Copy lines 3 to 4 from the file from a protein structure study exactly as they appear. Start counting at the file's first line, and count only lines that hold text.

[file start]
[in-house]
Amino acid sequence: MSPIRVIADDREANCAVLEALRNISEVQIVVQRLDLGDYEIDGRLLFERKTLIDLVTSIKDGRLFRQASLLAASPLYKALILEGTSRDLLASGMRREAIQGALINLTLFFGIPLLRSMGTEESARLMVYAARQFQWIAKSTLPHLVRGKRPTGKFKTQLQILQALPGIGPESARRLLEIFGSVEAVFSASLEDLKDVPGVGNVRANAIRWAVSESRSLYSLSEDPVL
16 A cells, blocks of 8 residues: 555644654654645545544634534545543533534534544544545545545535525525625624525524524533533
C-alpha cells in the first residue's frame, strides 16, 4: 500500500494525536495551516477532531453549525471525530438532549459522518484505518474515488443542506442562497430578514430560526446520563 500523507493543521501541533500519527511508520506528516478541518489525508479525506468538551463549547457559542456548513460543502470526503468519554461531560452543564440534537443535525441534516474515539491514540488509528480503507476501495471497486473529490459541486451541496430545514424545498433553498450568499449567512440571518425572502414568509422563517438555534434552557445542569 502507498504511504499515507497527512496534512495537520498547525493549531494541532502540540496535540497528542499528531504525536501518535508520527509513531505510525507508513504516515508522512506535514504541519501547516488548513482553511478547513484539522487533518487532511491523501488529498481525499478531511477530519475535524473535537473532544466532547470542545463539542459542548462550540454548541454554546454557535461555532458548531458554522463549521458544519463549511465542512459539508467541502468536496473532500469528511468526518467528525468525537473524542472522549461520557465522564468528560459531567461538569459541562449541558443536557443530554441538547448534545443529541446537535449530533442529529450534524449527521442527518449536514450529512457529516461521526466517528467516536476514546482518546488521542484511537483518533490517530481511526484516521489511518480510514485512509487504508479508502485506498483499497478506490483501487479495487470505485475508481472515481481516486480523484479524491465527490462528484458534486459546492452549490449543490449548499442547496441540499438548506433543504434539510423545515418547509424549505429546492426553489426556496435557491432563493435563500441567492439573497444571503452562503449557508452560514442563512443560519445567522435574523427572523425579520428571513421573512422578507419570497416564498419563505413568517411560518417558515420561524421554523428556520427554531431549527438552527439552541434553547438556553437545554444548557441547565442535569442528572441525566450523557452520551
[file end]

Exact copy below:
16 A cells, blocks of 8 residues: 555644654654645545544634534545543533534534544544545545545535525525625624525524524533533
C-alpha cells in the first residue's frame, strides 16, 4: 500500500494525536495551516477532531453549525471525530438532549459522518484505518474515488443542506442562497430578514430560526446520563 500523507493543521501541533500519527511508520506528516478541518489525508479525506468538551463549547457559542456548513460543502470526503468519554461531560452543564440534537443535525441534516474515539491514540488509528480503507476501495471497486473529490459541486451541496430545514424545498433553498450568499449567512440571518425572502414568509422563517438555534434552557445542569 502507498504511504499515507497527512496534512495537520498547525493549531494541532502540540496535540497528542499528531504525536501518535508520527509513531505510525507508513504516515508522512506535514504541519501547516488548513482553511478547513484539522487533518487532511491523501488529498481525499478531511477530519475535524473535537473532544466532547470542545463539542459542548462550540454548541454554546454557535461555532458548531458554522463549521458544519463549511465542512459539508467541502468536496473532500469528511468526518467528525468525537473524542472522549461520557465522564468528560459531567461538569459541562449541558443536557443530554441538547448534545443529541446537535449530533442529529450534524449527521442527518449536514450529512457529516461521526466517528467516536476514546482518546488521542484511537483518533490517530481511526484516521489511518480510514485512509487504508479508502485506498483499497478506490483501487479495487470505485475508481472515481481516486480523484479524491465527490462528484458534486459546492452549490449543490449548499442547496441540499438548506433543504434539510423545515418547509424549505429546492426553489426556496435557491432563493435563500441567492439573497444571503452562503449557508452560514442563512443560519445567522435574523427572523425579520428571513421573512422578507419570497416564498419563505413568517411560518417558515420561524421554523428556520427554531431549527438552527439552541434553547438556553437545554444548557441547565442535569442528572441525566450523557452520551